Jonathan Edwards : Rituximab

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That's interesting - I didn't know that drug doses were calculated by initial testing. I had thought doses were calculated in relation to weight only. So the Rituximab dose formula isn't based on testing of Rituximab itself?
Nobody knows what the right dose of rituximab is. The original dose recommendation of 375mg/metre squared x 4 doses was based on just how much drug they had in the fridge when they did the pilot study. Over a period of twenty years various bits of evidence have suggested that the dose we use for autoimmunity is roughly right but it is not well established. The current trend for giving two doses for induction is really just based on how much drug you can reasonably give in a day. The spacing apart of two weeks is an artefact of my pilot trial with cyclophosphamide that people have stuck with because they do not know where it comes from.

BUT, the one thing I would say is that Drs Fluge and Mella are developing the longer term treatment schedule in an extremely intelligent and imaginative way. They are watching exactly what is happening as they go along and adjusting accordingly. It might be possible to get away with a much smaller initial dose but I suspect their follow up doses are pretty much right.
 
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Rituximab was approved for use in RA in about 2007. The rationale for its use in autoimmunity is indeed still not well understood by many physicians. But when there are hundreds of practitioners using a drug and regularly meeting and exchanging experience practical issues tend to get sorted out. The problem for ME is that physicians who might treat it may not have this experience.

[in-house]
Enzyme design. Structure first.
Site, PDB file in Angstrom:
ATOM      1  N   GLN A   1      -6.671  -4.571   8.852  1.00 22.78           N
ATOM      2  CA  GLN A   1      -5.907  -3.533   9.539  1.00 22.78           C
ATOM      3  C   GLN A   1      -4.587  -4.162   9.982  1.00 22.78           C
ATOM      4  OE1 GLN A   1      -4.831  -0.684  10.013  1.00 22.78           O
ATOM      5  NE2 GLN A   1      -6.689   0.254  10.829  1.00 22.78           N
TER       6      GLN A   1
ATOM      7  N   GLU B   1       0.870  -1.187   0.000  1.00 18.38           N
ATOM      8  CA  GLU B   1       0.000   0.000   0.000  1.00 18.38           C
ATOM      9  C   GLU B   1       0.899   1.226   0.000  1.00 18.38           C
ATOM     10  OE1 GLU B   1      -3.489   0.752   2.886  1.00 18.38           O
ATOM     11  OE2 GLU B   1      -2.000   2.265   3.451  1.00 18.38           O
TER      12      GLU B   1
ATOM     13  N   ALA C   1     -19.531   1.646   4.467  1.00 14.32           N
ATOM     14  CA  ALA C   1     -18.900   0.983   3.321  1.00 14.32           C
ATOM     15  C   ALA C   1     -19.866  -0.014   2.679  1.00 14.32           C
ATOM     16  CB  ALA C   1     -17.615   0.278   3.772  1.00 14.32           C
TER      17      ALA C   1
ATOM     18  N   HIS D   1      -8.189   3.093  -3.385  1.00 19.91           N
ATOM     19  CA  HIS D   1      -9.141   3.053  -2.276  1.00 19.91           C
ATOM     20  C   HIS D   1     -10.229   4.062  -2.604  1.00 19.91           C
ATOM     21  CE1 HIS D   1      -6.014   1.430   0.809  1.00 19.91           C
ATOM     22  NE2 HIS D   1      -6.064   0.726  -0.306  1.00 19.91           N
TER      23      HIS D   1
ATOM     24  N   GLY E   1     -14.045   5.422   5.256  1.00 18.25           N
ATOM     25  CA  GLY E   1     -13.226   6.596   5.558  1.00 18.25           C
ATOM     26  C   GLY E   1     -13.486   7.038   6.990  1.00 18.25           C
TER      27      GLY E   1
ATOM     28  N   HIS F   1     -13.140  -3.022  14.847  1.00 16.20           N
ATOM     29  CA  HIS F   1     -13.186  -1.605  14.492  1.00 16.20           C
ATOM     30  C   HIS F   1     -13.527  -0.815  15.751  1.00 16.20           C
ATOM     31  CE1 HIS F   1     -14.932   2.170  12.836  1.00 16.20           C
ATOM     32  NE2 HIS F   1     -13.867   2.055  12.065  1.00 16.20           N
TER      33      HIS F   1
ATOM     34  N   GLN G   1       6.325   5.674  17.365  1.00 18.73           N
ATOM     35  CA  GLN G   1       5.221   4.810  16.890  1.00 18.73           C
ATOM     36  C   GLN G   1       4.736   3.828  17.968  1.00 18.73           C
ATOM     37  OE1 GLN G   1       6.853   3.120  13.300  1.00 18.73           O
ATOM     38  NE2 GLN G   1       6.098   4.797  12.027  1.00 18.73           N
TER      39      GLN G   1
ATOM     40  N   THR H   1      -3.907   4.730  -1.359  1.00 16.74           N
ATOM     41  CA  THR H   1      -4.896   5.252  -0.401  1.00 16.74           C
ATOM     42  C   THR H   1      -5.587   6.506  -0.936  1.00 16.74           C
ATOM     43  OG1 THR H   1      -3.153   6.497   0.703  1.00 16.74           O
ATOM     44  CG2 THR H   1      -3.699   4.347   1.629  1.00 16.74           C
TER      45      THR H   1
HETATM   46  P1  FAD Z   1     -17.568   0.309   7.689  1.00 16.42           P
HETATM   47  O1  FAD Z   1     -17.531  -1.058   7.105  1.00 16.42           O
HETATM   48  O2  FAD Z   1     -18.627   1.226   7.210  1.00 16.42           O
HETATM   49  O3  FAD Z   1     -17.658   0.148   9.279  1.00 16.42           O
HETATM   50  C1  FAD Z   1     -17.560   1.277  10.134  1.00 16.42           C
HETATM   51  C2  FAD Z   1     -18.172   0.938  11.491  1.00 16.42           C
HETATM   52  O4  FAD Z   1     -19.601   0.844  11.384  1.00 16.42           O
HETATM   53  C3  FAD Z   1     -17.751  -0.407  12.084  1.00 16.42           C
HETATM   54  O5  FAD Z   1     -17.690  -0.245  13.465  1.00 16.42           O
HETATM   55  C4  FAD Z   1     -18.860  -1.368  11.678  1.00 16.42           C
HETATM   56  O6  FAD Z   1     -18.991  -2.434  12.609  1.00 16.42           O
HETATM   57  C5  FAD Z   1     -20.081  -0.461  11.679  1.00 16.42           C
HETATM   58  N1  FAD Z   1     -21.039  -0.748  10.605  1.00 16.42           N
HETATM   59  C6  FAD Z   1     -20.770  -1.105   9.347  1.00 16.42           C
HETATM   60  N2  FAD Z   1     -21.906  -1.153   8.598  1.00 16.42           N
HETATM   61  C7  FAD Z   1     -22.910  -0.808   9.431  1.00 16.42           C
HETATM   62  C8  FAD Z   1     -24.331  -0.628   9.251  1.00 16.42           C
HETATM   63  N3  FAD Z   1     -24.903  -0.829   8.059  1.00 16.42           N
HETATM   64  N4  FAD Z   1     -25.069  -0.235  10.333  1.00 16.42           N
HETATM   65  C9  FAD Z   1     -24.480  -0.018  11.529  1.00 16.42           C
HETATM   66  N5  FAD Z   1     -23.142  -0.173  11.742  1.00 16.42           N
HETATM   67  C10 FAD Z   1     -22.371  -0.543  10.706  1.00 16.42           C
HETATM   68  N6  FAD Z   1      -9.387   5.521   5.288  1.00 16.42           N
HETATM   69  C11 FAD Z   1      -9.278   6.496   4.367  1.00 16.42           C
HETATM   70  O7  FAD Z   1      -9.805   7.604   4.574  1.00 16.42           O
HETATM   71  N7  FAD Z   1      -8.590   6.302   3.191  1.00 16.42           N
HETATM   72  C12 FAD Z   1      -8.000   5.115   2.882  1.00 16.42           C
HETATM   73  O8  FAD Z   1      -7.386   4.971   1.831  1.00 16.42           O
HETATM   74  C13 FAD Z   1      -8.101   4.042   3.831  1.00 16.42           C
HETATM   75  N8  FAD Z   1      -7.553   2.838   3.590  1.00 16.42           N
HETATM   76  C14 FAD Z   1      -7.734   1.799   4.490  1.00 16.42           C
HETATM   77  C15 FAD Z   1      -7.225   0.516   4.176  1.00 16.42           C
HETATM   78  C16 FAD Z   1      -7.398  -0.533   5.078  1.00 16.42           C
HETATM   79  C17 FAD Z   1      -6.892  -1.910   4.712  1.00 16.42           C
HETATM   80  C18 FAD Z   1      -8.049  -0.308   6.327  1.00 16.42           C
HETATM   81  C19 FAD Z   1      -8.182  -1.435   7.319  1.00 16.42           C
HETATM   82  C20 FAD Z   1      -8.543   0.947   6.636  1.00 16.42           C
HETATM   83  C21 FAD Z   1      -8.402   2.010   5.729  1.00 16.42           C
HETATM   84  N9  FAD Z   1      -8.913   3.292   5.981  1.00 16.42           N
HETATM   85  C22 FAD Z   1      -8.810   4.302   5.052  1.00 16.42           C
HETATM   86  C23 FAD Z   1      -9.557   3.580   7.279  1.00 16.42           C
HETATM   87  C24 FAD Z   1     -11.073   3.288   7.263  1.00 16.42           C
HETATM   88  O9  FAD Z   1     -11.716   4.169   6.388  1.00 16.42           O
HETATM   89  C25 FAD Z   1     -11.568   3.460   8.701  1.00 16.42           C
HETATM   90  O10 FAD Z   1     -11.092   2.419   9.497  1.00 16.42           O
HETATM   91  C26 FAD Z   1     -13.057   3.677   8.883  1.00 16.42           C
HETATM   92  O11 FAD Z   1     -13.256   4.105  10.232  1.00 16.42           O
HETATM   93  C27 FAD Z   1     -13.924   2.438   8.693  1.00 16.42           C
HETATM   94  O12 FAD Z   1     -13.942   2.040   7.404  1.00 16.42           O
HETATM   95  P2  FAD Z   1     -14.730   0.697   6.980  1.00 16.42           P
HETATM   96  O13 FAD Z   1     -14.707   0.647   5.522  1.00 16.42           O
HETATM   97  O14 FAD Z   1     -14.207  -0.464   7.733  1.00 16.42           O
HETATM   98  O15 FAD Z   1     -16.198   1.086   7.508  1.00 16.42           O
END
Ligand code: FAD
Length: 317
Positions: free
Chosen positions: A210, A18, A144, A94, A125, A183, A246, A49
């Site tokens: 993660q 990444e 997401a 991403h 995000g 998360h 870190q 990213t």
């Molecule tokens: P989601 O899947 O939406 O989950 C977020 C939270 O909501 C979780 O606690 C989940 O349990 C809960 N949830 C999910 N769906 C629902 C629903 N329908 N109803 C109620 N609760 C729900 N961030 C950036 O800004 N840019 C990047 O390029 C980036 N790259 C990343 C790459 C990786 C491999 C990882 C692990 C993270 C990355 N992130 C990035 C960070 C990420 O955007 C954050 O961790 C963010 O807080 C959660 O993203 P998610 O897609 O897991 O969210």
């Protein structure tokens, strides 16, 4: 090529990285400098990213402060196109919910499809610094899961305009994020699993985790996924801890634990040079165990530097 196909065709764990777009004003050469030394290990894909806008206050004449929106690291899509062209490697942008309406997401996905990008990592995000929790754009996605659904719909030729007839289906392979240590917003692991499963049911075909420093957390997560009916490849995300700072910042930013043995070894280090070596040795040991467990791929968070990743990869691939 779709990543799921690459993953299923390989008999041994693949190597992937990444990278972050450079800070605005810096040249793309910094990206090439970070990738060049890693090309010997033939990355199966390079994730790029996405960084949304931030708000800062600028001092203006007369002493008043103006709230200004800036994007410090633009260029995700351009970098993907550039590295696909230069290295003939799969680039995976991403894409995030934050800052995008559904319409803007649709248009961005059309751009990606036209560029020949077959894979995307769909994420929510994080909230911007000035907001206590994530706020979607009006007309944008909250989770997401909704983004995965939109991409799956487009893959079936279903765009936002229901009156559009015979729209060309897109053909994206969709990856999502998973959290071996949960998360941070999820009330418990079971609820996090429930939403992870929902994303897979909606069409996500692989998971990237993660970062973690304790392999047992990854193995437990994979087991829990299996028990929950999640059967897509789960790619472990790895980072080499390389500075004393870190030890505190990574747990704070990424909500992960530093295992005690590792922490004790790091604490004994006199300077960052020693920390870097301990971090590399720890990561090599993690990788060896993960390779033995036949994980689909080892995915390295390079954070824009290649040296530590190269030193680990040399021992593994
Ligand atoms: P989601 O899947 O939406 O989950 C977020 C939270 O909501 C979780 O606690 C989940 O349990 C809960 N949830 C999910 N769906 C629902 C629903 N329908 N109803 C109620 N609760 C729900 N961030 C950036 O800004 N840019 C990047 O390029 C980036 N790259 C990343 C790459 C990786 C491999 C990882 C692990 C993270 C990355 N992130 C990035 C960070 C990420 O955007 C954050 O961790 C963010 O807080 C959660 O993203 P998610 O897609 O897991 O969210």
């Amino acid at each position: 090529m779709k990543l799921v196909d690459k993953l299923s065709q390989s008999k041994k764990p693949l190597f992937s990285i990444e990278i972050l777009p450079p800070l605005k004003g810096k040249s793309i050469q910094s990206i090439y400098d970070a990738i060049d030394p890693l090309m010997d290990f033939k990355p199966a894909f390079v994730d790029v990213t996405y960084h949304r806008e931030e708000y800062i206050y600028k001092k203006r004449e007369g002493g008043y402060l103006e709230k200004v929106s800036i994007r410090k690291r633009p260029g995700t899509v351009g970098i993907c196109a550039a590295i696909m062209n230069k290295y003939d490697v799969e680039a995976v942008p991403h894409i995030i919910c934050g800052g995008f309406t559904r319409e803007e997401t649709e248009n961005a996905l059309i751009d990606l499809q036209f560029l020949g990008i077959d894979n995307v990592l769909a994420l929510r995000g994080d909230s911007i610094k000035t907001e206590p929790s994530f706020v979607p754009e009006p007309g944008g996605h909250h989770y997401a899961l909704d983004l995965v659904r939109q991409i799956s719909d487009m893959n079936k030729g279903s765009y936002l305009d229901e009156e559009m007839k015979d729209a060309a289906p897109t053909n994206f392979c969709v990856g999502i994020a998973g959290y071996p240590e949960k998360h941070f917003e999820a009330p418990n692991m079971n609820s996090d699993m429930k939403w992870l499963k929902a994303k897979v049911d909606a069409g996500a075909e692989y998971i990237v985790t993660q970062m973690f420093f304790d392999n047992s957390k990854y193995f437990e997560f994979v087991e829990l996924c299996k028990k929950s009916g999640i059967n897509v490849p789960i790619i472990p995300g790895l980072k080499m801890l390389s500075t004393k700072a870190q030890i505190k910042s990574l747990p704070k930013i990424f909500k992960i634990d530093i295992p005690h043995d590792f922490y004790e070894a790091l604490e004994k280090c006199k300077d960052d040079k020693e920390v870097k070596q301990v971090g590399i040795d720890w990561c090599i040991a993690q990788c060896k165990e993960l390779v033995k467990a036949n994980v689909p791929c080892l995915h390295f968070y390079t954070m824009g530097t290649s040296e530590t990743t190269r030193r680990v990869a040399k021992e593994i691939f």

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As far as I am aware, nobody is suggesting that rituximab is a one-off cure for ME/CFS. I believe it will have to be a lifetime treatment, as after rituximab depletes the B cells that are driving autoimmunity, I understand that these cells will slowly reestablish themselves after some time. So it needs another rituximab dose to deplete them again.

Perhaps @Jonathan Edwards can confirm this.


It's interesting that in this post Prof Edwards mentions that for many patients, taking a tenth of the normal dose of rituximab may be just as effective as the full dose, in terms of creating complete B cell depletion.

This offers potential to save quite a bit of money in the long term, if you only use a 10th of the rituximab dose. I wonder if there might be lower risks of side effects with lower doses as well.

You probably wouldn't do this on your first doses, the doses where you test to see if rituximab is efficacious for you; but having established efficacy, there may be the scope for lower doses.
Yes, regular repeats of rituximab are the norm, although in some cases it may be as far apart as three to four years. Judging precisely when to repeat treatment is the most important part of the protocol and one which I suspect many physicians may not understand unless they are involved in the background science.
 
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I just have a question regarding the dosage of Rituximab, and was hoping @Jonathan Edwards could answer me.

At Kolibri, the Norwegian clinic that treats ME-patients with Rituximab, the two first doses are at 1 g each with follow up doses at 500 mg. At the Haukeland trials my understanding is that the dosage was determined individually for height and weight. So I was wondering if the differences in dosage, with Kolibri`s being higher, could affect the outcome and the overall respons? I understand that it would certainly affect the amount of side effects and who has an increase in their ME-symptoms, which are far higher at Kolibri than at the trials. But could it also affect the response, could the amount of people responding somehow go down, the response disappear for some who would otherwise respond at a lower dosage, or the response get worse with this increase in dosage? I know this may be a dumb question, but in many other diseases it`s often a question of the right dose rather than the highest dose.